by: Mike Lushington  

        A strech of about 50 miles on the beautiful Restigouche River is now cleaner and safer for salmon and everyone who dares to "run the river".

        The Gyrfalcon had killed about an hour previously. The duck (probably a Barrow's Goldeneye) was almost certainly dead from the gyr's blow before it hit the ice. The falcon had fed and was now resting on its favorite high promontory on the Bon Ami Rocks, alternately preening, napping and surveying its domaine.

        Immediately below its perch more than a hundred goldeneyes and black ducks resumed the business of feeding themselves before nightfall and the rising tide shut off food sources until the next day. To an observer, such as myself, they seemed as oblivious to the gyr as the gyr was to them - while the corpse (or what was left of it) rested on the ice not more than thirty metres away.

        How cold and indifferent these birds were to their fallen comrade. How could they possibly resume such a mundane pursuit as eating so soon after tragedy had stricken one of them? And how could the gyr sit there so casually (or, one might almost say, so blatantly) after committing such a horrid crime?

        As supposedly civilized North Americans, we have come a long way from the laws of tooth and fang. We feed our birds (and we do think of them as our birds) in exchange for the privilege of their company and we are mildly offended when they fly off in some alarm, should we approach too closely to replenish the feeders.

        We sign petitions, write letters and join naturalists' clubs so that our voices can be added to those of like- minded souls in demanding protection for wildlife and wildlife habitat. Word of the presence of a Snowy Owl or of a Gyrfalcon in the area electrifies us and we count it a significant day afield should we be fortunate enough to spot such a magnificent creature.

        And yet we persist in being horrified when the creatures of nature, those creatures we are so rightly determined to help and protect, continue acting in accordance with their own nature. It is as though we expect to enter into some sort of pact with raptors -we will fight for their continued survival if they will agree to change their eating habits.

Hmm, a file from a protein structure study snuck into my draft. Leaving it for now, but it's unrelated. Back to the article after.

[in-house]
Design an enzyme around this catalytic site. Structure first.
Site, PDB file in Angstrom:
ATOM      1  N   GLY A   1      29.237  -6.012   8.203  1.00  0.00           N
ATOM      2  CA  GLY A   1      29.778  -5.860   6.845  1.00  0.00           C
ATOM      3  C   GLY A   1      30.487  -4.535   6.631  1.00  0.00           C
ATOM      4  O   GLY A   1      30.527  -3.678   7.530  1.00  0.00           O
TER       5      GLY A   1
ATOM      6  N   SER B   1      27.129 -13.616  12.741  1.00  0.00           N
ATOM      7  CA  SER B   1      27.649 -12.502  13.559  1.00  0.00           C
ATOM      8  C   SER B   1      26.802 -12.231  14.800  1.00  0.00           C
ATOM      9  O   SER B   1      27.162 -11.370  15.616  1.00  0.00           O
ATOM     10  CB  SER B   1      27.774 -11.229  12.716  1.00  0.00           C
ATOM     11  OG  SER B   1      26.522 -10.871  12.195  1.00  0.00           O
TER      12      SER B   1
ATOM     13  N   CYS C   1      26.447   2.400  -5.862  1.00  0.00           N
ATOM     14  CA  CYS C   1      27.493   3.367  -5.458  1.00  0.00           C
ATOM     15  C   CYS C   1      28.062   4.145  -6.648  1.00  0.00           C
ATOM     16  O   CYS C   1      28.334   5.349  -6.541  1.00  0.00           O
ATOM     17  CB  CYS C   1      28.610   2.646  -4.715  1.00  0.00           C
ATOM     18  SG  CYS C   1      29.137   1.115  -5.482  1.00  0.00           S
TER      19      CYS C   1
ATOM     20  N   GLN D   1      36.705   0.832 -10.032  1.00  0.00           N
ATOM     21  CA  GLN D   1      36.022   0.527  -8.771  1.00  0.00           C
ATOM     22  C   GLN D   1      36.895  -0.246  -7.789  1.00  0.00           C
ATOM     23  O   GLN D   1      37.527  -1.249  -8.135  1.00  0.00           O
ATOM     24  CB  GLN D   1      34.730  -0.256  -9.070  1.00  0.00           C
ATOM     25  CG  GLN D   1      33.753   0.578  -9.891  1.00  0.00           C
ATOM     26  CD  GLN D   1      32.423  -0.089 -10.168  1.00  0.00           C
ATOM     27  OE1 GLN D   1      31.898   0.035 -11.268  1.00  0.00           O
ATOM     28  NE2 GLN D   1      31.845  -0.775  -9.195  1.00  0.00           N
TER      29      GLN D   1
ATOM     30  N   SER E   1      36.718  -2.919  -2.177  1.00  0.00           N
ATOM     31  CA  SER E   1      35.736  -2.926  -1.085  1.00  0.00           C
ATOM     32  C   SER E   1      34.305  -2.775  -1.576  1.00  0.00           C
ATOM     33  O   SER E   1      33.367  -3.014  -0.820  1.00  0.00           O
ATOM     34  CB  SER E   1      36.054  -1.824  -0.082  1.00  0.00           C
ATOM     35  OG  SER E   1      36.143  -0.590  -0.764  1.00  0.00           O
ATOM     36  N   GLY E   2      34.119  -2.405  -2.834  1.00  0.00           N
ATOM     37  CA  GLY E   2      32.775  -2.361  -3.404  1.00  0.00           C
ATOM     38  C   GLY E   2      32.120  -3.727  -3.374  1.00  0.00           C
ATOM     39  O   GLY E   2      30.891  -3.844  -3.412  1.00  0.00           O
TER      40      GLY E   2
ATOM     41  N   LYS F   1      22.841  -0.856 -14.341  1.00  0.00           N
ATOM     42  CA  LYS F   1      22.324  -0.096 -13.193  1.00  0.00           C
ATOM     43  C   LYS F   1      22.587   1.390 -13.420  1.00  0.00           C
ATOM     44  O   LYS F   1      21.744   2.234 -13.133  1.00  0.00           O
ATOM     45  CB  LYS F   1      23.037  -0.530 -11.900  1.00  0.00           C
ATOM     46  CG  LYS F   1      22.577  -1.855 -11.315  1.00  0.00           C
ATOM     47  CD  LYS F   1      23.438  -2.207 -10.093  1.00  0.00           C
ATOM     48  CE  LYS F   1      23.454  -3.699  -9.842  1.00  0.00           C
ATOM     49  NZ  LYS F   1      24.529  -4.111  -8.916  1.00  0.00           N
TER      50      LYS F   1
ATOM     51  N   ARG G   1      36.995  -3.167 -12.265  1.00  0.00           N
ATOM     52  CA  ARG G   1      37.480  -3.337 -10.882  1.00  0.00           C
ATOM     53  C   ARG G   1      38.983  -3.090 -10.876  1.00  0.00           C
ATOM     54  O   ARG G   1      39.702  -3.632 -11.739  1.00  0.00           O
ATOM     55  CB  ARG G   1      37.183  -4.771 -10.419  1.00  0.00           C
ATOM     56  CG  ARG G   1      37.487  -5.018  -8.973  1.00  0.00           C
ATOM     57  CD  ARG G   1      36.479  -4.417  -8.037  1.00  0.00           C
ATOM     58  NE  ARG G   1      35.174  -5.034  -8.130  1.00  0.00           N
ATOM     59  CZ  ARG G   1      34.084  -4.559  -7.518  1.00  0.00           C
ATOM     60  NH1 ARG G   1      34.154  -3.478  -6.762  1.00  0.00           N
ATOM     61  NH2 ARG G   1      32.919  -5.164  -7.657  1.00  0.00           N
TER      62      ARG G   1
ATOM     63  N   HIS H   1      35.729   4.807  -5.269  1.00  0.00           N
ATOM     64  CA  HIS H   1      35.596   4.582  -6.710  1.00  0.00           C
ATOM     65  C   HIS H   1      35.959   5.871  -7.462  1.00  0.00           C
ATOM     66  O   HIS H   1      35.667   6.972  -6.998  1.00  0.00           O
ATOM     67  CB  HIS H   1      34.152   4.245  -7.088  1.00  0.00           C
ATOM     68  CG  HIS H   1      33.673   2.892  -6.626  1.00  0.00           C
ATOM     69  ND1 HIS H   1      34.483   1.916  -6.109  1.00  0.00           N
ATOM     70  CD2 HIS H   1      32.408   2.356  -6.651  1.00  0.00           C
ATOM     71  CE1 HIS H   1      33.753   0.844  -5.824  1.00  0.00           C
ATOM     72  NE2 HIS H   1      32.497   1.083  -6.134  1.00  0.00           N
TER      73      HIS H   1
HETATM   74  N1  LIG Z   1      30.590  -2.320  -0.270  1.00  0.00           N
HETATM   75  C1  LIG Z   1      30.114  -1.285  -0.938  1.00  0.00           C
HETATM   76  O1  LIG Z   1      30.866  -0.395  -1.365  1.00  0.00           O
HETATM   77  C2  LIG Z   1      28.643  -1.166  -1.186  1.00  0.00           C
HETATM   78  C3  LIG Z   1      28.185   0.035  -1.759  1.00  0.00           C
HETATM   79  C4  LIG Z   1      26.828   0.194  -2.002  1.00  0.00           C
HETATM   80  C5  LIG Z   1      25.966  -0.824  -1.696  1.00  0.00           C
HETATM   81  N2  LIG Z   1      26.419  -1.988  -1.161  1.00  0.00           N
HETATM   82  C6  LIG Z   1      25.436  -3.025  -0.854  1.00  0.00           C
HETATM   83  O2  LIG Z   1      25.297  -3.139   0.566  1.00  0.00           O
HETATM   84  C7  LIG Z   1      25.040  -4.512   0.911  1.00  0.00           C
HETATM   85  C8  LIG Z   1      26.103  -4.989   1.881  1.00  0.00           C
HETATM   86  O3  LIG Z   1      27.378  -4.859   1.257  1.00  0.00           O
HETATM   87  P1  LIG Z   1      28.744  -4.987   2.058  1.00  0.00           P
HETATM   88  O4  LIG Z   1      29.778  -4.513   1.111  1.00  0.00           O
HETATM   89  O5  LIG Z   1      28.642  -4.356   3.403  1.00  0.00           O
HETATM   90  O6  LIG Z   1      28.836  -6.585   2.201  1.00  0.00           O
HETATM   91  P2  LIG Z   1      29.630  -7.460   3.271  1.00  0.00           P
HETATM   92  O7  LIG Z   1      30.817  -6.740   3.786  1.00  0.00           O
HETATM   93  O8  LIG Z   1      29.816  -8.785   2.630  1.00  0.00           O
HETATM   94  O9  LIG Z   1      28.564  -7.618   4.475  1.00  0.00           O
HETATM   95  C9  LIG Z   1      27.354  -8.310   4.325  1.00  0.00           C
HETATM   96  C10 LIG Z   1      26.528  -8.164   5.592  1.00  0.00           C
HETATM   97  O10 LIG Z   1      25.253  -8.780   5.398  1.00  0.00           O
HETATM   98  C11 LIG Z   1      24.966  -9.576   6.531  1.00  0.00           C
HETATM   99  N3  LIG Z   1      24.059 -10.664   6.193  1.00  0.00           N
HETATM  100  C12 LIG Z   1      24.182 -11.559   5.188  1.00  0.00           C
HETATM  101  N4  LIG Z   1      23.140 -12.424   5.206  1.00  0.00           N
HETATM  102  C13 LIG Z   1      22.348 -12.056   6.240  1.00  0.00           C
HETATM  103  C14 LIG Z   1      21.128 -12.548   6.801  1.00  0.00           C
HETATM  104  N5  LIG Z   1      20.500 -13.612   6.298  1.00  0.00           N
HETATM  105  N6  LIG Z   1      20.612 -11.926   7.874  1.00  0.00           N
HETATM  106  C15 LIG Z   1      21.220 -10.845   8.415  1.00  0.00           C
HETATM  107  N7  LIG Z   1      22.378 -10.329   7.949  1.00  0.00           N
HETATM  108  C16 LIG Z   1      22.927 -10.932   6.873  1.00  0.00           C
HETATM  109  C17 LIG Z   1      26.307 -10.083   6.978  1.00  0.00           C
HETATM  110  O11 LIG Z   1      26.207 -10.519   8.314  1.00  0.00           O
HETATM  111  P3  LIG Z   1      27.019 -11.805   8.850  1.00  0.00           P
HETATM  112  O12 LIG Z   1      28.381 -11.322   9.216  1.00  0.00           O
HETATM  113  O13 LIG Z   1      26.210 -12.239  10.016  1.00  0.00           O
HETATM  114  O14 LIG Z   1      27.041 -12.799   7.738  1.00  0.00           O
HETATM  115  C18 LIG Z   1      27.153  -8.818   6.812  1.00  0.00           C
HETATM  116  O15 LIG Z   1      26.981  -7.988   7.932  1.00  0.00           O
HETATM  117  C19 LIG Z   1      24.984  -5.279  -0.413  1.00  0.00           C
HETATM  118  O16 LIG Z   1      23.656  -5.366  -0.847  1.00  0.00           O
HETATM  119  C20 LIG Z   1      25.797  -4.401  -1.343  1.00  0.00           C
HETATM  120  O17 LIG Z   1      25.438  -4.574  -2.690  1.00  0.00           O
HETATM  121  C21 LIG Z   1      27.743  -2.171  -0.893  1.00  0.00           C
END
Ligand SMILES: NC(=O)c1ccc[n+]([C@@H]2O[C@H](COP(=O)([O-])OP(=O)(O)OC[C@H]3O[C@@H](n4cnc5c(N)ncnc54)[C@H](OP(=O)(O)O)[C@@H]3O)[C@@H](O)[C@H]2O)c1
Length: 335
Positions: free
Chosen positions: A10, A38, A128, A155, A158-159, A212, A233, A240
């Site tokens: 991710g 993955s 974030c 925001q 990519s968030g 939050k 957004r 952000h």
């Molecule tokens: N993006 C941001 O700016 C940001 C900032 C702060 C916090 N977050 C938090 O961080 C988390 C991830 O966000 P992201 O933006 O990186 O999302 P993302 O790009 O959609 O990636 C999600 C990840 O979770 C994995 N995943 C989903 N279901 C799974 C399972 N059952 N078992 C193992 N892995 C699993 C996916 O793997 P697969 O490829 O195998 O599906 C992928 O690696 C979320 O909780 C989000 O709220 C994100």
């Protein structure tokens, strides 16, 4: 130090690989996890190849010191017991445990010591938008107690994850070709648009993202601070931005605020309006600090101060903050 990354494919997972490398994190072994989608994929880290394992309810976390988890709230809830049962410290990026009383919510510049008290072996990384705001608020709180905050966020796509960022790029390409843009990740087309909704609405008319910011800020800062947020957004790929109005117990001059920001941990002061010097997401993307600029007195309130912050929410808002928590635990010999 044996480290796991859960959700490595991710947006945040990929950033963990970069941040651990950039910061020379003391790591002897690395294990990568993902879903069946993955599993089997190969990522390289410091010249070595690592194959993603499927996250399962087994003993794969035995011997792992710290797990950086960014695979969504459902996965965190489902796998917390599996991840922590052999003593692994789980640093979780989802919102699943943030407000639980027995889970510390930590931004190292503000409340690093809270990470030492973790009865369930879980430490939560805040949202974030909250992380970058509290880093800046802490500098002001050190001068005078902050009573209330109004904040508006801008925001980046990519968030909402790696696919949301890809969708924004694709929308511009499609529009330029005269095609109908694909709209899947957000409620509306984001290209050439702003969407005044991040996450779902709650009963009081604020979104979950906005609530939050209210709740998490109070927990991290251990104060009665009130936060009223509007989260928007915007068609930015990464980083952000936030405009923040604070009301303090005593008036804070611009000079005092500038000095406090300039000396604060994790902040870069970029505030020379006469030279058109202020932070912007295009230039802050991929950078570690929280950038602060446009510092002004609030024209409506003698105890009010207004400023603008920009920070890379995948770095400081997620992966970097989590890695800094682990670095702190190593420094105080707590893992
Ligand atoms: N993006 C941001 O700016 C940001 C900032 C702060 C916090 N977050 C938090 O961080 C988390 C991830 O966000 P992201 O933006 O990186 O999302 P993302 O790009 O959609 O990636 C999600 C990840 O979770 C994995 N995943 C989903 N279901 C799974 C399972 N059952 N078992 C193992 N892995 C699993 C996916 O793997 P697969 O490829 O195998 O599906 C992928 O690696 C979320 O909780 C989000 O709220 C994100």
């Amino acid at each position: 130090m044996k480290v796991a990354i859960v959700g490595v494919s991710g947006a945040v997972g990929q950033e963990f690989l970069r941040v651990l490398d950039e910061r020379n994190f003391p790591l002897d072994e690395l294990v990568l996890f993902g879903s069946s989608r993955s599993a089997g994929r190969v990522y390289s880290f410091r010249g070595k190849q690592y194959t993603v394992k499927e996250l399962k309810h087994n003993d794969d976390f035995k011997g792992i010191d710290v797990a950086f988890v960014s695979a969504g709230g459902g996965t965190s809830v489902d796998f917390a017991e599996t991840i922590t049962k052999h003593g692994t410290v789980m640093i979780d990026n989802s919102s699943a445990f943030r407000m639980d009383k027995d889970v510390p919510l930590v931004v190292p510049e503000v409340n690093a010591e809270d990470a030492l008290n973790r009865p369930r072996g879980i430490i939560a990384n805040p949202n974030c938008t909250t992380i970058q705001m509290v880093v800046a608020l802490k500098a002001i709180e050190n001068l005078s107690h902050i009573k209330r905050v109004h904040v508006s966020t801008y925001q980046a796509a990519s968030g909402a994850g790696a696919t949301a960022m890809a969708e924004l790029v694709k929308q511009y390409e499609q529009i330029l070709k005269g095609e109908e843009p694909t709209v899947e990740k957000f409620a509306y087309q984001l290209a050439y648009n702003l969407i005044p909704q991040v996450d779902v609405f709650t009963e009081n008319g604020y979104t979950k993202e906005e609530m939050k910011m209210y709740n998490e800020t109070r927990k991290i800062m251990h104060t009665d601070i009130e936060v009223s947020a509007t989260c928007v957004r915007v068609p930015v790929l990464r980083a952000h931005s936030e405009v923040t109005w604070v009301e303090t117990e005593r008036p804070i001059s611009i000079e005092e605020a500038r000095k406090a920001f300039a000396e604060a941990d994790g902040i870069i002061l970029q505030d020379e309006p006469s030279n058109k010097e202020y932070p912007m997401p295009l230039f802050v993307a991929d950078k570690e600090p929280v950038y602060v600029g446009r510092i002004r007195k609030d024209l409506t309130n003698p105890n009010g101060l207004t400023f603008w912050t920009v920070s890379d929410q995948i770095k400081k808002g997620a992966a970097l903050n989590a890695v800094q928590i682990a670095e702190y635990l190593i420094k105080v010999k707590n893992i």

It is in this vein I remember a conversation, a couple of years ago, with a newly converted devotee to bird feeding. For some weeks she had been thrilled with the flocks of sparrows, blackbirds, starlings, finches and other small birds which had been taking advantage of her largess, but on this morning she was distraught. A Sharp-shinned Hawk (surely the most villainous of them all ?) had discovered the attration and, it seemed, had decided that it had gone to heaven. As we spoke, it was happily devouring a starling right on her front porch. Her husband, in the meantime, was rumrnag- ing about in the attic to find his old shotgun to put an end to such dastardly happenings. Her question to me was a simple one- should they shoot the hawk or merely try to scare it off. I don't think that she was completely satisfied with my response, that hawks are protected {1 did not mention that starlings, on the otherhand, are considered in New Brunswick to be pests and, therefore, do not have any protected status at all), that there are over 400,000 starlings in the provcince and less than 8,000 sharpies, and that she really should try to marvel at the beauty of this remarkable little predator.

        That incident came back to me in the spate of conversation this winter on the nature line concerning the dietary habits of Sharp- shinned Hawks and of Northern Shrikes. Overwhelmingly, the tone was of dismay; how could nature persist in being so ... well, natural. ..when we are all trying so hard to be nice to one another and to all of the little creatures around us?

        The problem is our line of thinking which argues that nature has been created for our use and our benefit. This is the thinking which promotes clearcutting, endless roadbuilding and strip mining at one extreme, and then switches to the assumption that wild creatures should, somehow, be sensitive to our sensibilities and either change their nasty habits or, at the very least, hide them from our view. By all means, we seem to say, I want to see that shrike but, please, not while it is killing one of my finches.

        To my mind, nature is beautiful -in all of its manifesta- tions. But that is a judgement which I make. N ature simply IS. We may see it as raw or violent, as gentle and peaceful, or in any of the myriad human emotions, but it understands none of these. Nor should it. In the world that I love the hawk kills and the ducks accept that it must. There are no tears, there is no recrimination, there is only some sense that that is the way of life. Give me the wisdom to accept it -and the soul to marvel at it.


About|Site Map|Feedback|Contacts|Credits|Advertise|Webmaster
2001 RestigoucheNet - All rights reserved